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Opinion: Modern learned societies, knowledge creation and dissemination

2021-10-29  Prof Jairos Kangira

Opinion: Modern learned societies, knowledge creation and dissemination

Prof Jairos Kangira

Prof Judith Hall

In modern times, learned societies play a pivotal role in the creation and dissemination of knowledge in various fields of specialisation. National learned societies carry both the ambition and pride of nations. Before we give working definitions of a learned society and a few examples to assist the reader to easily deconstruct this academic phenomenon, it is prudent to go back to the basics. 

The wisdom of the elders has long been recognised and entrenched in societies, well before the development of scientific, artistic, and social humanities centres of learning. A good and very common example would be local village herbalists who understood the medicinal value of native flora long before doctors, biomedical scientists, pharmacists, and pharmacologists got to grips with medicines driven by an understanding of molecules and structure-activity analysis.

In modern civilisation, a learned society is a group of such experts, though not necessarily the eldest in any specialisation, growing out of local, isolated, or handed-down expertise. Learned societies can be traced back to ancient times, existing perhaps almost since time immemorial, certainly as a conventional construct; they have been described from the 14th Century onwards with the Poetic Academy of Toulouse, the Consistori del Gay Saber.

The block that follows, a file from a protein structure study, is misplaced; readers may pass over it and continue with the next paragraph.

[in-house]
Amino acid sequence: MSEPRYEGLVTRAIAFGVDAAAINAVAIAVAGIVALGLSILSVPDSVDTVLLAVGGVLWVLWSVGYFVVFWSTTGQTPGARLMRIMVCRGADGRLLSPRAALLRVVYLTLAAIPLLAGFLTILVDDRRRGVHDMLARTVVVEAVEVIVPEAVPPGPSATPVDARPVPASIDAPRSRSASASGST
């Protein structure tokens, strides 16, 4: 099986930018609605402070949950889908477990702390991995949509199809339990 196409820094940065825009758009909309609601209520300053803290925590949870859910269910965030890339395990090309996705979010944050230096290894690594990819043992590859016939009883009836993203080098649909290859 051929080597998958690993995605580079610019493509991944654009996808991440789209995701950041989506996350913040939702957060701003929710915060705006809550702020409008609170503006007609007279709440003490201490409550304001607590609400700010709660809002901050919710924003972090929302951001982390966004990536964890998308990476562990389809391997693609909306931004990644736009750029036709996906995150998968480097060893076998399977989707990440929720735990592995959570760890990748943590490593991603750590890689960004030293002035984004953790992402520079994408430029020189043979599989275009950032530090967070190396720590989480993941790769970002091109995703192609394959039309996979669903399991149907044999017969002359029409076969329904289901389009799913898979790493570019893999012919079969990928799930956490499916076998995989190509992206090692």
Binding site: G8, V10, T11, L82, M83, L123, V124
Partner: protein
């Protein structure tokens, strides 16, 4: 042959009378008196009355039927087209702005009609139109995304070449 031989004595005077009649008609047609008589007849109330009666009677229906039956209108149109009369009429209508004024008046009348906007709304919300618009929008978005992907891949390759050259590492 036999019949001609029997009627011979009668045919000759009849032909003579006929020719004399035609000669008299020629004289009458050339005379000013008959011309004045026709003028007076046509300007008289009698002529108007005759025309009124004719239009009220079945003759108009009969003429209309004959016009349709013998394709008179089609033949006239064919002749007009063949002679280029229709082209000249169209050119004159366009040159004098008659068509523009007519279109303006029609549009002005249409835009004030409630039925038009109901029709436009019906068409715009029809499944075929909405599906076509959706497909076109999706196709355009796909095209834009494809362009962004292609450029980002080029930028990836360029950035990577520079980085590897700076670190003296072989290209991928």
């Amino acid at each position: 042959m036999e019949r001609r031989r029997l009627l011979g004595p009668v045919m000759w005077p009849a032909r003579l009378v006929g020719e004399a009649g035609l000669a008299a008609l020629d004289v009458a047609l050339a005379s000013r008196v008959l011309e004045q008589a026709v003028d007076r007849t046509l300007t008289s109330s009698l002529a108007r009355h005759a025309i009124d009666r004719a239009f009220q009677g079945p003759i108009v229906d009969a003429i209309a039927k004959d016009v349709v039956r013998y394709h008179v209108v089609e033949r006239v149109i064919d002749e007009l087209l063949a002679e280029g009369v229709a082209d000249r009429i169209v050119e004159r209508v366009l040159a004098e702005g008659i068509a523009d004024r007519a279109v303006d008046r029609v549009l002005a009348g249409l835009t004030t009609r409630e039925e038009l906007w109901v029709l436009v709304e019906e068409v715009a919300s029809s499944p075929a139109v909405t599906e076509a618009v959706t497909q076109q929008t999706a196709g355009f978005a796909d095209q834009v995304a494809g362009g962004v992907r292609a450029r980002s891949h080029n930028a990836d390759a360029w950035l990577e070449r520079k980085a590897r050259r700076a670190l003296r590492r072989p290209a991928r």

As has been established, a learned society is a group of people with specific expertise, very often learned societies have a large percentage membership of people who work in universities, but they are not universities, their raison d’être is not to offer education, training, and qualifications. These are voluntary organisations, generally not-for-profit and they focus on the scholarship and research of their field. Membership is very often a matter of prestige, not employment, and one is scrutinised and elected to be a member, a Fellow. Of course, a learned society can be open to all interested people, the form is fluid, and it is up to the group promoting their society to decide membership criteria.

Learned societies get called all kinds of things globally - National Academies, Academic Associations, Scholarly Societies, but essentially, they represent, for anybody of expertise, an opportunity to showcase their excellence. There is no point in forming a learned society unless you feel that your body can offer or explore the furthest boundaries of knowledge, skills and attitudes attendant on a speciality. Generally, they showcase disciplines or professions, though very commonly they grow and then coalesce to present an overarching intellectual area, like the Arts, or Sciences, Social Sciences or Humanities.